Episode 131. Research and Support for Hardgainer Solution 2.0
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A study published in the European Journal of Applied Physiology in 2017 found that training to failure slows down recovery, supporting the key tenet of recovery emphasized in Hardgainer Solution 2.0.
“Train like you have something to accomplish, not something to prove.”
– Scott Abel
- The study, published in the European Journal of Applied Physiology Dec 2017, demonstrated that training to failure slows recovery.
- The hardgainer trainee shouldn’t train to failure at any time, even for one set.
- Following a routine used by a pro (who may be on PEDs) leads to overtraining and overuse syndromes.
- The true hardgainer has a very specific dilemma of balancing adequate stimulus and recovery for optimum adoptive response.
- The study looked at three different resistance training protocols using the bench press and squat. It showed that training to failure slows recovery 24 to 48 hours post-exercise.
- Not training to failure enables the trainee to train again sooner.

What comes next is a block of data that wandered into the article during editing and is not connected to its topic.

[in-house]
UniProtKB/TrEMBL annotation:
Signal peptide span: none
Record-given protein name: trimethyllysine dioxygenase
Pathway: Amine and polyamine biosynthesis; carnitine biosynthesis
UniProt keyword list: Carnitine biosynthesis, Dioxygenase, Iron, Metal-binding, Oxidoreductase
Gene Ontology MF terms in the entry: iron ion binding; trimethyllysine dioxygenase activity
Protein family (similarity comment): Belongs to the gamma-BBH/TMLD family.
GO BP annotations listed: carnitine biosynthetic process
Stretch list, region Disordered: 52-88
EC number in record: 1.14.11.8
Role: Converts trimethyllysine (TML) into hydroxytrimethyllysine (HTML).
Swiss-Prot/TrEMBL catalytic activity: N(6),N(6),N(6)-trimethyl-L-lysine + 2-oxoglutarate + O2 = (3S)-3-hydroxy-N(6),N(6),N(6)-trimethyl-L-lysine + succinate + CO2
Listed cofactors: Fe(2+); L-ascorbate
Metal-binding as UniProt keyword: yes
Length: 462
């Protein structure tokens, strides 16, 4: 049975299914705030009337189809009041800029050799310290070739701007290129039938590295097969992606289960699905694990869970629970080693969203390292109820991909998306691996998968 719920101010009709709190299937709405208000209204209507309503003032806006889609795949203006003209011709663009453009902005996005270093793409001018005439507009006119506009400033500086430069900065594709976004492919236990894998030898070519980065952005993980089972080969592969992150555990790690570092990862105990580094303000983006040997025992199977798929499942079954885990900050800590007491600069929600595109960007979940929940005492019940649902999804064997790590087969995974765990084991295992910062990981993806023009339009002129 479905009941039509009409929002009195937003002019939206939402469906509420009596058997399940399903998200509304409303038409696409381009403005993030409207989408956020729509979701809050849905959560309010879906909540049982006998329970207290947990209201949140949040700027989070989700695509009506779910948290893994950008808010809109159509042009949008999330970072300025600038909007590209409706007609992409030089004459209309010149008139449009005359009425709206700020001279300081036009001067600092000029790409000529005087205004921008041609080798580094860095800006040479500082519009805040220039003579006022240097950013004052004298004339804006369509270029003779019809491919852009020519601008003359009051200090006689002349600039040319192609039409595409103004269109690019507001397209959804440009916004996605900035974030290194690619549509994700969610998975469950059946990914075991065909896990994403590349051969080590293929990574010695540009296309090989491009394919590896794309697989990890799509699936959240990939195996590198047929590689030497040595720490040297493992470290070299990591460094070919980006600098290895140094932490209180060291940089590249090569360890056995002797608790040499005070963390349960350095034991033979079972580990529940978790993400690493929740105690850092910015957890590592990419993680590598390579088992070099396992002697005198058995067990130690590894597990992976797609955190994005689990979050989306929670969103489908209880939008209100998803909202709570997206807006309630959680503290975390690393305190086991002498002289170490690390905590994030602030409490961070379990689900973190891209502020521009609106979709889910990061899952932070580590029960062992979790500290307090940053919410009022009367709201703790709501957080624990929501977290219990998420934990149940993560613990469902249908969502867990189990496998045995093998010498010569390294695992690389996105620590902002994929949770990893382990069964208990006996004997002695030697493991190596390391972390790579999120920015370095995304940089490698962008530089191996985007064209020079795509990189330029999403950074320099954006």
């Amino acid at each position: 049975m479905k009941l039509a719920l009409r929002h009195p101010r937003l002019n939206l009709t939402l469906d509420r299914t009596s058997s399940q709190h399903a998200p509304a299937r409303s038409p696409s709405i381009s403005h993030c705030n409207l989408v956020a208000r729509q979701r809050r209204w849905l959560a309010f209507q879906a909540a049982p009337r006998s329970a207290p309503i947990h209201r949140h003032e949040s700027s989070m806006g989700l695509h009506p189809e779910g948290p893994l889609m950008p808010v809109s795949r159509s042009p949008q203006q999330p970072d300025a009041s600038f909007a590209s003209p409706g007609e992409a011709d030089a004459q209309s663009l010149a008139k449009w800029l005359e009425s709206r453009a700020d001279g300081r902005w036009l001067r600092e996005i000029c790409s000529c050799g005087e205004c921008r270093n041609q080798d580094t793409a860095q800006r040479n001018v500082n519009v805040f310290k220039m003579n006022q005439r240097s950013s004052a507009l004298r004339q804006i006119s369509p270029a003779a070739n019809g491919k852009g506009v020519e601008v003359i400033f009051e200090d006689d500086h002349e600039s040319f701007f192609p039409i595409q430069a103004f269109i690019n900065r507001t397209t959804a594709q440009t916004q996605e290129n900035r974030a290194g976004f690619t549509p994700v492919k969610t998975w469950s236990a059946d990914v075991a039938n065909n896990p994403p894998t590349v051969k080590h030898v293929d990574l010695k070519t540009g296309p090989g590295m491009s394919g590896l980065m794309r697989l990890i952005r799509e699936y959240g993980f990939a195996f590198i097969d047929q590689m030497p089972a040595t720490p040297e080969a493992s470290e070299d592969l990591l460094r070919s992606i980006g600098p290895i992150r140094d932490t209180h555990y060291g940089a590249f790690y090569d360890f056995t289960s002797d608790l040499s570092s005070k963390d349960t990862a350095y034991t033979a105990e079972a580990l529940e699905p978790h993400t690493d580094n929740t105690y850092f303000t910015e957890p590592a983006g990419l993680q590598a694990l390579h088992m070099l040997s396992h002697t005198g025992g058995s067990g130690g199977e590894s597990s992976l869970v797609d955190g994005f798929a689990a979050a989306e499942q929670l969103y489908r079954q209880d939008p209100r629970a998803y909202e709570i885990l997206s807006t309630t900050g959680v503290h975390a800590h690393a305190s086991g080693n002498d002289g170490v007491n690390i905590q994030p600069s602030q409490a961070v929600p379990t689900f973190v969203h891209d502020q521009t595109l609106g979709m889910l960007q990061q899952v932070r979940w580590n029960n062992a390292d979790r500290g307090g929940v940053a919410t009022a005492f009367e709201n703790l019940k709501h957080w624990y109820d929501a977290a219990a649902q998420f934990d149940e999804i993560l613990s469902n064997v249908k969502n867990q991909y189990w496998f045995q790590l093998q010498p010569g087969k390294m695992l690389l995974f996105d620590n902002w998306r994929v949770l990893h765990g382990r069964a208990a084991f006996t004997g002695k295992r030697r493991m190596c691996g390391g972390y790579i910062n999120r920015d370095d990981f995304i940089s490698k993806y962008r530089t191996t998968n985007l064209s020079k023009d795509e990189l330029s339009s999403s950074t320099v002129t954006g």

- The hardgainer is already susceptible to overtraining, so avoiding it is critical.
- Leave the gym feeling invigorated, not exhausted.
- HGS 2.0 is the result of feedback from hundreds who wrote and commented on the original HGS, along with Scott’s own biofeedback and that of his clients. It focuses a bit more on recovery than did the original [although the original did as well…just not to the same degree.]
- HGS 2.0 provides enough stimulus to engage adoptive response without tapping into ability to recover.
- Whole body training based on innervation methodology with emphasis on inter and intra-workout recovery makes the most sense for the hardgainer trainee.
- Scott: Compound exercises tax recovery more than do single joint exercises.
Moran-Navarro R, et al. “Time course of recovery following resistance training leading or not to failure.” Eur J Appl Physiol. 2017 Dec;117(12):2387-2399.
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